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Publisher's Summary

It is September 1995. Selin, a Turkish-American college freshman from New Jersey, is about to embark on her first year at Harvard University, where she is determined to decipher the mysteries of language and to become a writer. In between studying psycho­linguistics and the philosophy of language, teaching ESL to a Costa Rican plumber, and befriending her classmate Svetlana (a Serbian refugee from Connecticut), Selin falls in love with a Hungarian maths student in her Russian class. She spends the summer in the Hungarian countryside teaching English to village children, where sad and comic misunderstandings ensue. Full of the razor-sharp evocations of character and place that have long delighted listeners, The Idiot tackles literary ambition, female friend­ship, the American dream, Chomskian linguistics, the Russian novel and romantic love.

©2017 Elif Batuman (P)2017 Audible, Ltd

What listeners say about The Idiot

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  • Sue
  • 03-01-2018

A rather juvenile romp

As the title suggests, Elif Batuman's novel explores linguistics and Russian literature through the eyes of a young Harvard undergraduate, Selin. The character falls in love with an older, neurotic Hungarian mathematics student, and travels to his country to be near him. It is occasionally humorous, and describes a rite of passage - but no more than that. Unfortunately, at times it is rather banal and tedious.

While Batuman's writing is to be desired, the content fell short as the narrative varies between sharp and rambling. The naivety of Selin also appears slightly unbelievable, and would probably be better geared at a younger audience.

1 person found this helpful

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  • Epikurios
  • 23-03-2022

Moving but painful exploration of alienatiin

There are many interesting aspects to this roman a clef, and long excruciating passages of a young person's experience of being out of place among others and within themselves. The author's sometimes monotone reading voice adds to the overall effect. But the narrative pulls you in and flashes of humour provide moments of contrast. Overall though I cannot escape a feeling of 'stasis', of being trapped on an alien planet with no clear sense of the possibility of escape. But maybe this is 21st century realism?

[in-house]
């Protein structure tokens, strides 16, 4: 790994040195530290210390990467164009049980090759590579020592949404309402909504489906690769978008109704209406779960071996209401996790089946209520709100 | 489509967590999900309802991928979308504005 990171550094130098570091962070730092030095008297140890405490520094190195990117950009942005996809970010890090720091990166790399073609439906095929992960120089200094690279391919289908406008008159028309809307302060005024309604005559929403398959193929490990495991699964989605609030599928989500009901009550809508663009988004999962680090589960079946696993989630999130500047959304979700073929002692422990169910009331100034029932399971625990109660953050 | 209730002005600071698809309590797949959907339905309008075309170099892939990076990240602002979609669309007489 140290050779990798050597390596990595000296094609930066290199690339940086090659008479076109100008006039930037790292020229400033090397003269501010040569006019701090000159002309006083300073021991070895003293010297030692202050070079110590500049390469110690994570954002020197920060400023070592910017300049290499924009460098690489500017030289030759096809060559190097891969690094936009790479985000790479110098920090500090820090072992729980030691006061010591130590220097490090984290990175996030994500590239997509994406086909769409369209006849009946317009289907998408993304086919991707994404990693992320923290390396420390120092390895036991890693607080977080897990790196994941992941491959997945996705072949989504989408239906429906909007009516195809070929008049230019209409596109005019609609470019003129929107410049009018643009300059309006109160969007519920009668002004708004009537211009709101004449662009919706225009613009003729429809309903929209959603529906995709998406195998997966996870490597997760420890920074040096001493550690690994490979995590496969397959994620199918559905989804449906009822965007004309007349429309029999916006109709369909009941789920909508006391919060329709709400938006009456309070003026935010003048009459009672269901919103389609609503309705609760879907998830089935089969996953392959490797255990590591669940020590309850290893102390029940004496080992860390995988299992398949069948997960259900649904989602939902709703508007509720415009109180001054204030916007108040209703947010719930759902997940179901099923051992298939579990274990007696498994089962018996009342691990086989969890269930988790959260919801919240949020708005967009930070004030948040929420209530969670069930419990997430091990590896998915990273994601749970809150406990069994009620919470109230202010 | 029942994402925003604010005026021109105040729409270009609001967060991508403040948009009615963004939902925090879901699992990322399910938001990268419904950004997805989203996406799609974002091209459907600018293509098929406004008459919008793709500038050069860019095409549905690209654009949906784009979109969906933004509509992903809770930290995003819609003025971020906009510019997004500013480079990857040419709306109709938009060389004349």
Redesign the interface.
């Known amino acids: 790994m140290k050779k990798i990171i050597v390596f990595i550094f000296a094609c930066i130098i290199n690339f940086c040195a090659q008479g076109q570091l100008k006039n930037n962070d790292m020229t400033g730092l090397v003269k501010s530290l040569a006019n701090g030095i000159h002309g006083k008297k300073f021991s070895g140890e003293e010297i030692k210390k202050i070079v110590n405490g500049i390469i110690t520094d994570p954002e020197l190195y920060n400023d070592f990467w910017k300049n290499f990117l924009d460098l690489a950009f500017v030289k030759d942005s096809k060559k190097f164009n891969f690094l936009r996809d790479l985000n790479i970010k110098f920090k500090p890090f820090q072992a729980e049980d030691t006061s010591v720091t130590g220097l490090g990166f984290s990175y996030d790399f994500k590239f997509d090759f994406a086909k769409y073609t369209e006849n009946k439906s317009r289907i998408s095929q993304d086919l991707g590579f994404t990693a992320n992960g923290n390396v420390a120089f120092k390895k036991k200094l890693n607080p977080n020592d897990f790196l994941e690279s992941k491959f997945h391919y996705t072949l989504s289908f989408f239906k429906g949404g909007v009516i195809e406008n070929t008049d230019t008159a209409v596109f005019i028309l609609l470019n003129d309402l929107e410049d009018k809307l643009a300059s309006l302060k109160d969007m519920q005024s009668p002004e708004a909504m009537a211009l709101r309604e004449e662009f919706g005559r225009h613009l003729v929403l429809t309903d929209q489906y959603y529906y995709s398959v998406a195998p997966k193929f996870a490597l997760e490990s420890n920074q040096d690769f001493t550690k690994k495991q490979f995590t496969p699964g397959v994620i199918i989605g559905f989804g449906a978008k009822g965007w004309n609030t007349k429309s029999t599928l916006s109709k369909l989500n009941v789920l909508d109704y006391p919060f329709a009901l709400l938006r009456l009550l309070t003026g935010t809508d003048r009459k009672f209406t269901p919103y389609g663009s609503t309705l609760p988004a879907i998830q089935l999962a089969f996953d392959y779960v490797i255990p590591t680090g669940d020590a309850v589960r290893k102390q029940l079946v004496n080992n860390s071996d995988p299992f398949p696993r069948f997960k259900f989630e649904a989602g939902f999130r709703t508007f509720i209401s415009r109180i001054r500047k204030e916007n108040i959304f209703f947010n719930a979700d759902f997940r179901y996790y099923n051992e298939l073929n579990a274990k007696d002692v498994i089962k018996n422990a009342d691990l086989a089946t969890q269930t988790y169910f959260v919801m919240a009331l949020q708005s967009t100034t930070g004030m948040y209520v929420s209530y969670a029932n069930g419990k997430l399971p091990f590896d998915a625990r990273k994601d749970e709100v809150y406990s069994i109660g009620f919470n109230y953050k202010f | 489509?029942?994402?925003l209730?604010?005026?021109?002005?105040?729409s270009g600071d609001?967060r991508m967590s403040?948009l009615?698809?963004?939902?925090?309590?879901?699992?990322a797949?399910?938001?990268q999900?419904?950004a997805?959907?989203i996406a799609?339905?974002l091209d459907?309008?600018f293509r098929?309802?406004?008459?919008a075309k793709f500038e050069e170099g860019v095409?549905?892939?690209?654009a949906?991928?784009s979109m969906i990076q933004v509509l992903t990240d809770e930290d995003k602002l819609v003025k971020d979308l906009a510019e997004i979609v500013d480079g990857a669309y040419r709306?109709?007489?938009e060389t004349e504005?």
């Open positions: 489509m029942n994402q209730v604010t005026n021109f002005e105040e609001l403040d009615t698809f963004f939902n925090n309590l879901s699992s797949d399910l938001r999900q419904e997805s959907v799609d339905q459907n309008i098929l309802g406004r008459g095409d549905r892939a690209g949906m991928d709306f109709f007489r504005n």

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  • Patricia White
  • 21-09-2021

“Outstays its welcome” - how true

Having chosen this book after listening to Graham Norton’s book club, I listened again to that episode. The reviewers were spot on, and Graham’s summary that the book “outstays its welcome” perfectly describes my own view.
Despite some lovely writing, and so much insight into the naivety of adolescence that I could really relate to, it just goes on far too long without anything of interest to hear and I was honestly glad when it finished. I wonder too if the writer herself as narrator was a good choice - I found her voice became increasingly irritating. The end was so abrupt I wonder if she’d had enough herself. Or perhaps this book is better read than heard.

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  • Alex
  • 04-04-2021

Relatable

The best book I've read for a while, fantastically narrated and laugh out loud funny. But this is not just a comedy - it's a deep and thought provoking novel about real life.

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  • Maaike
  • 07-07-2017

Falls flat

The narration is a bit dry making it hard to know if things are meant to be funny or not. I downloaded it as it was the "editors pick" and it turned out to be a struggle to finish.

1 person found this helpful

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